More Americans support creation of a new government-run health insurance plan to compete with the private insurance market, a new Associated Press poll finds, but the level of enthusiasm depends on how the question is asked.
Tell people that letting the government sell insurance would be cheaper for them, and a majority is in favor.
Tell them the government would be making decisions about what medical care they could get, and support sinks.
The findings from an Associated Press poll come as lawmakers struggle to advance President Barack Obama's signature health care overhaul, with the final shape of any government insurance plan very much in doubt. The issue has been the biggest flash point in the health care debate, and the poll results underscore that how it is defined can make a big difference in the public's response.
Politicians know that. It's why when Republicans talk about letting the government sell health coverage in competition with private carriers, they cast it as a government takeover that would destroy private industry. Democrats talk about choice, competition and "keeping health insurance companies honest."
The AP poll, conducted by Stanford University with the Robert Wood Johnson Foundation, suggests that when such messages are heard, they have an effect.
Half of the 1,500 participants in the AP poll were told that a government insurance plan "would be less expensive than other insurance plans, because the government would not need to make a profit the way businesses do and because the government is able to negotiate lower prices with doctors and hospitals than insurance companies can."
Fifty-two percent said they favored such a plan, while 35 percent were opposed and 12 percent neither favored nor opposed it.
"I fundamentally feel that the private insurance industry basically holds all the market power" and could use some competition from a nonprofit alternative, said Robert Baulch, 58, of North Chatham, Mass.
The goal is "covering a lot of folks that just can't get coverage and reducing the cost overall," he said.
The other half of the people polled were told the government plan would be less expensive, but they were also told that "the government would run the insurance plan and decide which medical care would be paid for and how much would be paid, like insurance companies do."
That version of the question found 44 percent in support and 38 percent opposed, while 15 percent neither favored nor opposed the idea.
"They would decide which medical care would be paid for," said Jeff Anderson, 43, of Burlingame, Calif. "If you have a tumor growing inside you that needs to be removed or you're going to die, and they decide, well, we don't cover cancer or we don't cover other types of diseases - you know, that's just wrong."
So while both questions elicited more supporters than opponents for a public insurance plan - bearing out the results of past polling that has shown the public generally supportive - the plan commanded majority support only when cast in positive terms that emphasized benefits to consumers over government control.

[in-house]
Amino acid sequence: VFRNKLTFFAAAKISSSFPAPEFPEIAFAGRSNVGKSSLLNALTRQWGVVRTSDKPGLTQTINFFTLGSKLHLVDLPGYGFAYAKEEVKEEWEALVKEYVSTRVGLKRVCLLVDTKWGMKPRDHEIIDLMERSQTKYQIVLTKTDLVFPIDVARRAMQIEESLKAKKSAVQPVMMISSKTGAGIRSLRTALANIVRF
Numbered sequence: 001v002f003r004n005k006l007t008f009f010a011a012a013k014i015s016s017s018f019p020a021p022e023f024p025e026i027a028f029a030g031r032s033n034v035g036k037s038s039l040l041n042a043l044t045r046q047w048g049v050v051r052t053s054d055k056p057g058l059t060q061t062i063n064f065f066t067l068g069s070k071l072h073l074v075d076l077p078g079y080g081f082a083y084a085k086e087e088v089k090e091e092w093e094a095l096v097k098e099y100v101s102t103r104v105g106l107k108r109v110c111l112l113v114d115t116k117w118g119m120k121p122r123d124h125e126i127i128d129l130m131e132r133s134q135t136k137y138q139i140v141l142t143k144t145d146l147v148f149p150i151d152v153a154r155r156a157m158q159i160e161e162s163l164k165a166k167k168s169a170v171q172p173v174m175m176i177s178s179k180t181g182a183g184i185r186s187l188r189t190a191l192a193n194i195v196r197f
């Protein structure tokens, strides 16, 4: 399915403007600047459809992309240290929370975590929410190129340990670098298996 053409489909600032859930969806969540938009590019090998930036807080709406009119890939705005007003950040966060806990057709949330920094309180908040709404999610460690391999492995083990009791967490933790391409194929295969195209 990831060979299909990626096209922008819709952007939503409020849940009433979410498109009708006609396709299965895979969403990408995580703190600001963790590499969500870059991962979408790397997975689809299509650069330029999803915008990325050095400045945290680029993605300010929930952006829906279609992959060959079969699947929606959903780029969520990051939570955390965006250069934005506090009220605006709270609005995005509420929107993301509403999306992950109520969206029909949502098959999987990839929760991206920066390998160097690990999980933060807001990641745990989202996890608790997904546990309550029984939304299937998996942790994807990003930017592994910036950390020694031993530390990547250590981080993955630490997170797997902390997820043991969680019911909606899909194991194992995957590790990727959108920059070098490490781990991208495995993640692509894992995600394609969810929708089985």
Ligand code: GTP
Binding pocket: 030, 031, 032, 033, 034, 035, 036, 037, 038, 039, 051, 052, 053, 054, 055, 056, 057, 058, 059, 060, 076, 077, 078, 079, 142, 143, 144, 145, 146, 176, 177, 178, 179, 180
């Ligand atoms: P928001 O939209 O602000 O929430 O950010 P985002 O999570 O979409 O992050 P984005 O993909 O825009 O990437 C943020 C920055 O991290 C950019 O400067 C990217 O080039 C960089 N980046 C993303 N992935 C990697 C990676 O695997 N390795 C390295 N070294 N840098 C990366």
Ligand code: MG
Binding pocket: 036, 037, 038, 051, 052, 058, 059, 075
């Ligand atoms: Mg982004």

The poll also sought to elicit views of the government insurance plan design under consideration by Senate Majority Leader Harry Reid, D-Nev., as he finalizes a health care bill to bring to the Senate floor.
Legislation passed by the House this month included a public plan available nationally for small businesses and, mostly, self-employed people. Under Reid's version, individual states would be able to opt out of the public plan.
Poll participants were asked whether government insurance should be available to all, or whether state governments should be able to decide not to offer it. Seventy percent favored making it available nationally while 25 percent said state governments should be able to decide.
Overall, the poll found the public split on Congress' drive to enact sweeping legislation extending coverage to tens of millions of uninsured Americans. Opinion was also evenly divided on Obama's handling of the matter, and participants expressed concerns and confusion about costs and various other aspects of the issue.
Despite the controversy surrounding the public plan, it would affect a small number of people. A Congressional Budget Office analysis of the House bill estimated that about 6 million people would sign up for the public option in 2019, once it was fully phased in. That represents about 2 percent of Americans under age 65. (Older people are covered through Medicare.)
The overwhelming majority of the population would remain in private health insurance plans sponsored by employers. Others, mainly low-income people, would be covered through an expanded Medicaid program.
The budget office also said that "a less healthy pool of enrollees" would probably be attracted to the public option, drawn by the prospect of looser rules on access to specialists and medical services. As a result, premiums in the public plan would actually be higher than the average for private plans, according to the budget office.
In the AP-GfK poll, the differently worded questions on the public plan each had a sampling error margin of plus or minus 3.6 percentage points. The poll interviewed 1,502 people from Oct. 29-Nov. 8 with an overall sampling error margin of plus or minus 2.5 percentage points.
The interviews were conducted by GfK Roper Public Affairs & Media. Stanford University's participation in the project was made possible by a grant from the Robert Wood Johnson Foundation.